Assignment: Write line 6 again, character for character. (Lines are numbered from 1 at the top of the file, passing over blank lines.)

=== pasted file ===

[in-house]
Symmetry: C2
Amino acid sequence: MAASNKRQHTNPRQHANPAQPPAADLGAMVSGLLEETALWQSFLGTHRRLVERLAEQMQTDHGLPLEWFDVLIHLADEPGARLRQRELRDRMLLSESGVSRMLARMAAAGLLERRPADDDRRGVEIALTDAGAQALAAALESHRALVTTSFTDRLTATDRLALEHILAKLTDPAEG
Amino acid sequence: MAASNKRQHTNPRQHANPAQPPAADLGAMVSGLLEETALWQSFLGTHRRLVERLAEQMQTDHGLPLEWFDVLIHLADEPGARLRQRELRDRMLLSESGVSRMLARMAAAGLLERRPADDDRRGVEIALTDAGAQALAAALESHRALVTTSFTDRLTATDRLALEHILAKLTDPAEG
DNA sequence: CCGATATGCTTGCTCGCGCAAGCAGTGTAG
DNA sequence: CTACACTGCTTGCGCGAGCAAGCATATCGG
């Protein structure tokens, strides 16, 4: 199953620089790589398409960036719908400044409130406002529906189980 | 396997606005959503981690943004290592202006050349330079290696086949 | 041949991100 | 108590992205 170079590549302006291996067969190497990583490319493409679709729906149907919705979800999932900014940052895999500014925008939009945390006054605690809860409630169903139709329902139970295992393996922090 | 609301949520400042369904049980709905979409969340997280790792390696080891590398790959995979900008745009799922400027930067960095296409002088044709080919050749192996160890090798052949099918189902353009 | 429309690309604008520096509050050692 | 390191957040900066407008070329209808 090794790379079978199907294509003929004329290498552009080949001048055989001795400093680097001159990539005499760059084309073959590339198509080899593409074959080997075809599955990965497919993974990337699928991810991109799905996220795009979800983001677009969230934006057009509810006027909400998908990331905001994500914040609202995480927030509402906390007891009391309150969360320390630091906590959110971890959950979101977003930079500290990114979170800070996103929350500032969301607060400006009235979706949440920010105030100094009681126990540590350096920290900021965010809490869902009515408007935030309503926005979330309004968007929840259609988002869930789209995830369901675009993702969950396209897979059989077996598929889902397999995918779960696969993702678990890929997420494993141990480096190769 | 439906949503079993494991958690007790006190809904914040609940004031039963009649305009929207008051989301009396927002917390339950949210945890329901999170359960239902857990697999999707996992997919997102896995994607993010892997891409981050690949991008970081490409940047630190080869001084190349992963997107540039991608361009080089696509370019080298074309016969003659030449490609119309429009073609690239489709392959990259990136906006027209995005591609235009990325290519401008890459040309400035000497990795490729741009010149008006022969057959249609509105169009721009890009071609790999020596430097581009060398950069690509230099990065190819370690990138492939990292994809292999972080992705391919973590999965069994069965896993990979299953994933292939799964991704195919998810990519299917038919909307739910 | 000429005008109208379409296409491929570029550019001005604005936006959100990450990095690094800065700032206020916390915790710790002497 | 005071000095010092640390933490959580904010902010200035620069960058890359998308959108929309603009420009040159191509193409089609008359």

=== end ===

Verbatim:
DNA sequence: CTACACTGCTTGCGCGAGCAAGCATATCGG